In the Renaissance period new layers were inevitably laid on the foundations of universities, hiding part of their original spirit. A certain aspiration to universality and depth in study and research remained, along with a wholehearted affirmation of their importance for the life of a nation or of a social group. However, within a rapidly evolving epistemological paradigm, the coexistence of a variety of subjects in one and the same place was still significant, since the connections between human sciences and  natural sciences had not been jeopardised yet. Having lost a great deal of their freedom of movement due to their increasing dependence on external goals, universities began to wonder about the role they were playing in the education and training of their students. In this process universities began their transition towards the Modern Age, marked by State-led educational schemes and by reflections on the “university issue” spanning the 19th and 20th centuries.

2. University in the Modern Age. The effects of the great political and cultural changes that occurred in 18th-century Europe were also clearly felt in the notion of    University and on the order of studies. Although natural sciences were mostly developed within Academies, the rapid development of scientific research, of important discoveries and their applications — pioneering the technical-industrial revolution of the following century — entailed a growing specialisation of studies in universities. The humanities too moved towards a significant differentiation, mainly due to the developments of philosophical and historical thought with Kant and Hegel, to the blooming of philological and exegetical studies, to the new organization of social sciences. In universities, systematic presentations replaced the lectio format based on authoritative texts; seminars and practical tests replaced disputationes. The Faculty of Arts had by now been transformed into a Faculty of Literature and Philosophy gathering a great variety of subjects lying outside the realms of the Faculties of Law and Medicine. Technical-scientific secondary schools began to be established as independent Institutes. In France and in German-speaking countries the history of universities was to develop along different routes: in Paris the French Revolution first abolished them, then Napoleon decreed their administrative and ideological centralization into a single imperial university; German universities were nurtured by Idealism and Romanticism, seeking to match their research freedom and their status as communities of scholars with the social and political development needs of national States.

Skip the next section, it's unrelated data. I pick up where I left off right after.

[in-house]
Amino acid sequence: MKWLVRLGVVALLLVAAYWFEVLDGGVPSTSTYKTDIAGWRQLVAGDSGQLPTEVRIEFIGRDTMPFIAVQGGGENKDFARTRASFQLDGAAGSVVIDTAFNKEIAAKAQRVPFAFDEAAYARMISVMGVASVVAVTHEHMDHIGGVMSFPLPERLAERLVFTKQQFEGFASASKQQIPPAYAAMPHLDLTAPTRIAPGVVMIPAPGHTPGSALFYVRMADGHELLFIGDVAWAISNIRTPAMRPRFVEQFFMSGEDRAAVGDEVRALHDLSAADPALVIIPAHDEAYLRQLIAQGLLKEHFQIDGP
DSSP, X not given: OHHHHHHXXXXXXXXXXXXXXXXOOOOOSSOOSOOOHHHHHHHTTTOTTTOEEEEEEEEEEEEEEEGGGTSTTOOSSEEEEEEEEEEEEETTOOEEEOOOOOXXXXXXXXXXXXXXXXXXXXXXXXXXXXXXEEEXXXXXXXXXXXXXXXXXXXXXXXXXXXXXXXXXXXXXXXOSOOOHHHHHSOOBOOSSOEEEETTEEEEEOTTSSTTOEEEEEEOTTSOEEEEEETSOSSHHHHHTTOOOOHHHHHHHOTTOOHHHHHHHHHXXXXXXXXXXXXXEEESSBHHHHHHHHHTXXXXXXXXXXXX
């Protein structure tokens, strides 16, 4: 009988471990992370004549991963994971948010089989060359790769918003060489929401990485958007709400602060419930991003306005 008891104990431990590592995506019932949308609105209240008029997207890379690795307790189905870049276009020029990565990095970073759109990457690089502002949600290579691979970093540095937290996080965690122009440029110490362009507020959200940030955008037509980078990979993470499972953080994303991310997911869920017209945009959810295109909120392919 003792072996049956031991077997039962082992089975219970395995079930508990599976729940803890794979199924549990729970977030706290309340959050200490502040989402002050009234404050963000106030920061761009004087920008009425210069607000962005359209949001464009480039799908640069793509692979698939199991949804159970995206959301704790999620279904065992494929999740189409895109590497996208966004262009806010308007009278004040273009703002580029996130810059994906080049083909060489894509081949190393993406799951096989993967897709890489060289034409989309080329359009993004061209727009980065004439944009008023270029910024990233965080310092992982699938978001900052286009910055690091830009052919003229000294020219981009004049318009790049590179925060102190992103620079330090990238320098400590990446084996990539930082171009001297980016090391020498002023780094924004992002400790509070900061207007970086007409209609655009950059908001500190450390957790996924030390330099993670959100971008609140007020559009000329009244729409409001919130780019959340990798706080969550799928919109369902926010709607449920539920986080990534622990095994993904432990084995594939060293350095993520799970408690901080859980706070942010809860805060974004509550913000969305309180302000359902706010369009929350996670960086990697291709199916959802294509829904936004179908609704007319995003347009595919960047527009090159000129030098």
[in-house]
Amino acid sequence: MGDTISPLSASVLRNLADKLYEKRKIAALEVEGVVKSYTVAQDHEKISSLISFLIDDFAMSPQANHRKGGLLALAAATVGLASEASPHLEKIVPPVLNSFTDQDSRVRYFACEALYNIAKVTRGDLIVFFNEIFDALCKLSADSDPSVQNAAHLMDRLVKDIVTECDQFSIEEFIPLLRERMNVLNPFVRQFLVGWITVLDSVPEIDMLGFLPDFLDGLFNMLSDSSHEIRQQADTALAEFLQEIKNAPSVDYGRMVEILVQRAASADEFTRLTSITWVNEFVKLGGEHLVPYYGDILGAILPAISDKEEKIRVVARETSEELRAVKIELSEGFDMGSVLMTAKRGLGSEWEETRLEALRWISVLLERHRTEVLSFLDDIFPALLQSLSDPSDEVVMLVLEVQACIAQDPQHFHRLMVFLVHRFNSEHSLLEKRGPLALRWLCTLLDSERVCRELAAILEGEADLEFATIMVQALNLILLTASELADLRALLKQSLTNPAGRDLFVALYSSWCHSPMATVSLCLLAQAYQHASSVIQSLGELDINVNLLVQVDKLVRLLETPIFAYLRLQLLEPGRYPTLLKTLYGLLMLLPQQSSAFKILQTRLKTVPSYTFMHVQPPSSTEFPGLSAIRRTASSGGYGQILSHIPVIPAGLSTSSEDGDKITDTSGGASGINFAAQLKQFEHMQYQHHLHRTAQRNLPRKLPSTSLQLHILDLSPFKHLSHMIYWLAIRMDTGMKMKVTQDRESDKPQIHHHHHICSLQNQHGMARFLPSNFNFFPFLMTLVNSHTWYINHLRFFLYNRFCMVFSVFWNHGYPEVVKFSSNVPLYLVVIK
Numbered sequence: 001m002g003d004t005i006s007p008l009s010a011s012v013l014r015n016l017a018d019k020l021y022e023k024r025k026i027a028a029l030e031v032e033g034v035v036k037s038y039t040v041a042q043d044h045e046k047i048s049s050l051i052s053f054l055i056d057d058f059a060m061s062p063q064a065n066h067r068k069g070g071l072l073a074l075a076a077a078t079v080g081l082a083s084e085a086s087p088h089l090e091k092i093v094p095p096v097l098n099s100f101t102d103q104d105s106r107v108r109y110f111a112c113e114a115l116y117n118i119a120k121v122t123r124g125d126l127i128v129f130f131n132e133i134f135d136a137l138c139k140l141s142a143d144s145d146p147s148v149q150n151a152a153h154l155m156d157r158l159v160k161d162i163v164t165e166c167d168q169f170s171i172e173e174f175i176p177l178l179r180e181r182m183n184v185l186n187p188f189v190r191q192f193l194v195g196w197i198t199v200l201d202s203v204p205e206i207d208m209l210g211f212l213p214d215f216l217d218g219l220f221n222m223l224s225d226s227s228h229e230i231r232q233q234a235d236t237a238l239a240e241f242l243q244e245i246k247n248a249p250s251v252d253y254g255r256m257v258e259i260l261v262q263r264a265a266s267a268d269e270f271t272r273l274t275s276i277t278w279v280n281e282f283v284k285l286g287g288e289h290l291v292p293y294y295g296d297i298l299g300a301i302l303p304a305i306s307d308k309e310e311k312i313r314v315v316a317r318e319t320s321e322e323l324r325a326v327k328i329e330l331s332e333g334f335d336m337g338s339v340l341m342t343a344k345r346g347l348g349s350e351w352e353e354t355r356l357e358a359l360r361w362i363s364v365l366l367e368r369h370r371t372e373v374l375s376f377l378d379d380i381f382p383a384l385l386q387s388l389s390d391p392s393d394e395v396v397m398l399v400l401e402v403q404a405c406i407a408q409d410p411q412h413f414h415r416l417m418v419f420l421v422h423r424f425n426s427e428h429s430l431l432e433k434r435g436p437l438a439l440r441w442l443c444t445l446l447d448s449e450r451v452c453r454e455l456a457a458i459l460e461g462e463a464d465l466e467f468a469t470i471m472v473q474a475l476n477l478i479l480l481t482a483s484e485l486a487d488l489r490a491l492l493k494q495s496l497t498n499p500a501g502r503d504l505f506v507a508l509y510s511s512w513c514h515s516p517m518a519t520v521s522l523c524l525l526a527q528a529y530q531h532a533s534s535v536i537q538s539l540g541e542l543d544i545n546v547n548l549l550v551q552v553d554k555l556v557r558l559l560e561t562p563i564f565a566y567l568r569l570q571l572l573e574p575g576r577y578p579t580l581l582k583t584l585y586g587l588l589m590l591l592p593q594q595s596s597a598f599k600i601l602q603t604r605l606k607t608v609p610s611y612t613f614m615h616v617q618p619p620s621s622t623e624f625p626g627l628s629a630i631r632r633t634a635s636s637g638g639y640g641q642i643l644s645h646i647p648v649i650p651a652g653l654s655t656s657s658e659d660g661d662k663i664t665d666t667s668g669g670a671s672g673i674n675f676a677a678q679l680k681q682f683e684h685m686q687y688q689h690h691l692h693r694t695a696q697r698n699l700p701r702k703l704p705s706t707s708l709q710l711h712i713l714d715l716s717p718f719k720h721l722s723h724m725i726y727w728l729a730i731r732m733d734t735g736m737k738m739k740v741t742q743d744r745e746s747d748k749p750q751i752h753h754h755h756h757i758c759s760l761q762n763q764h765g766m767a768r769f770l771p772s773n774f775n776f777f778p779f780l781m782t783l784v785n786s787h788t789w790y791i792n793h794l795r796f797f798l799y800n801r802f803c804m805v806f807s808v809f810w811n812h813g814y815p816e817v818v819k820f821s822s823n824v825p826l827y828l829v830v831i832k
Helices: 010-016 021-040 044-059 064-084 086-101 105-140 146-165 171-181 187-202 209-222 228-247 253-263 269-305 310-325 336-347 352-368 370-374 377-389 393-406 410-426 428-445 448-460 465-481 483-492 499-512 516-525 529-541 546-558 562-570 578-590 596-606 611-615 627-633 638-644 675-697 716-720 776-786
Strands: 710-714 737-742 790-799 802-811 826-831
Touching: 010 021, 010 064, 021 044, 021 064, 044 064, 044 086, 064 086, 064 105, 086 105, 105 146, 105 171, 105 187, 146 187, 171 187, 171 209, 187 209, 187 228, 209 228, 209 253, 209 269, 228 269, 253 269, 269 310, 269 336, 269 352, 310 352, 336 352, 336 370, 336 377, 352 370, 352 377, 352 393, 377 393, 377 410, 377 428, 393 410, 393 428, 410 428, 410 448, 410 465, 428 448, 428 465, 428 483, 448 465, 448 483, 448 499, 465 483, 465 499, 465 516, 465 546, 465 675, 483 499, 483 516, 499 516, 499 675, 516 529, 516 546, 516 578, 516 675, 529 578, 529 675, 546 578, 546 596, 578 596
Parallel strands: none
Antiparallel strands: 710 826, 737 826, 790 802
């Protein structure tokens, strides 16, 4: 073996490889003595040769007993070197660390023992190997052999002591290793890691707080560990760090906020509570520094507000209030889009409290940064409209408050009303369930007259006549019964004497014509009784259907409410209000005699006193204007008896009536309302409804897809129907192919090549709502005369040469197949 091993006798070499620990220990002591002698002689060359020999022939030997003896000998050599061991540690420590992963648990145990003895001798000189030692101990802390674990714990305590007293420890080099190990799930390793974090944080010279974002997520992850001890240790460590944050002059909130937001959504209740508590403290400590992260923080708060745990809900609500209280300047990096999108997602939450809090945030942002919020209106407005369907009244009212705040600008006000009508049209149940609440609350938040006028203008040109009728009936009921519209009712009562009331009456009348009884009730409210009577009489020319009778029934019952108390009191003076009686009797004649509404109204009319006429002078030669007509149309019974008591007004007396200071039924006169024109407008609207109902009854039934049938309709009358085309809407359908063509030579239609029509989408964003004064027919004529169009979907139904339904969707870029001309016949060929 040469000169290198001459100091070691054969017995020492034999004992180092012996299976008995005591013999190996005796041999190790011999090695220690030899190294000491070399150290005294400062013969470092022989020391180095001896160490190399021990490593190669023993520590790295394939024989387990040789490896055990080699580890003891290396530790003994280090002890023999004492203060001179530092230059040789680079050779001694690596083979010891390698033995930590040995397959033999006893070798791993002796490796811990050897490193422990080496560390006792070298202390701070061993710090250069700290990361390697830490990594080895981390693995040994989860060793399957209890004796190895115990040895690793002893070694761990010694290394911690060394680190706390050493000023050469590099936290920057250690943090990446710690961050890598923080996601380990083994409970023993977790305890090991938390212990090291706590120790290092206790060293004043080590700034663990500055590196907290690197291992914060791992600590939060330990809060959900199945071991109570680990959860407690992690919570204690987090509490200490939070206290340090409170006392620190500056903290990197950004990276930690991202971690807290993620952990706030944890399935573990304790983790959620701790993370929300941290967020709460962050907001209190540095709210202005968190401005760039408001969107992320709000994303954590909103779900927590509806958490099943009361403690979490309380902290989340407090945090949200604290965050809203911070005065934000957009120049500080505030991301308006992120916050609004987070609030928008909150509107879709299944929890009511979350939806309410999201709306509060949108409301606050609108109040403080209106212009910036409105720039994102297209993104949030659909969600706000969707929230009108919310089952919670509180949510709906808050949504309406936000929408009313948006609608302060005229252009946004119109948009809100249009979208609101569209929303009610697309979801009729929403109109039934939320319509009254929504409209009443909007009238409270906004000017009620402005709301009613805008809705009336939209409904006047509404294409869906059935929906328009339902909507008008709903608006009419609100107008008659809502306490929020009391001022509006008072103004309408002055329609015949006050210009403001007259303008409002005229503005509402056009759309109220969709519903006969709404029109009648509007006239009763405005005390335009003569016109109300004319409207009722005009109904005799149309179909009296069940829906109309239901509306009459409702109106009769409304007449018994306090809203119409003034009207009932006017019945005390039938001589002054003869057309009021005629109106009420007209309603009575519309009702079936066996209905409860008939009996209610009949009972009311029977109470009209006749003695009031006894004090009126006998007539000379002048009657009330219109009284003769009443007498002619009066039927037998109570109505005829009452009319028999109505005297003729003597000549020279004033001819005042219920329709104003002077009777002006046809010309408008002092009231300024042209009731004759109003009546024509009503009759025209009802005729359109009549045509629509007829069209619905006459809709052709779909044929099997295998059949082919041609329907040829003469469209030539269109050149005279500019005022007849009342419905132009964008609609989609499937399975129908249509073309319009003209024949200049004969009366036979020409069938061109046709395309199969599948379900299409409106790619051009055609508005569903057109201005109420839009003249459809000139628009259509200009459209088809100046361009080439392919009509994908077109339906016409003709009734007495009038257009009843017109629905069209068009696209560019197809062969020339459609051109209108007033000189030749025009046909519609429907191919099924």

With the success of the French Revolution (1789), the will to get rid of whatever belonged to the ancien régime resulted in the Consular Republic issuing a decree ordering to close down all universities (1793), whereas Napoleon, a little later, decided to set up a single strongly centralised imperial university (1806), turning the pre-existing French universities into mere Faculties under its control. Theological studies were to be subjected to the authority of the State, even when teaching took place within secondary schools promoted by the Church. France was due to lose all Faculties of Catholic Theology in State universities some decades later, in 1882, that is at the time when the first Catholic Universities were starting to spread; French Faculties of Protestant Theology were turned into independent schools. The great State-oriented shift promoted by Napoleon was to last very long and to significantly affect other European legislations.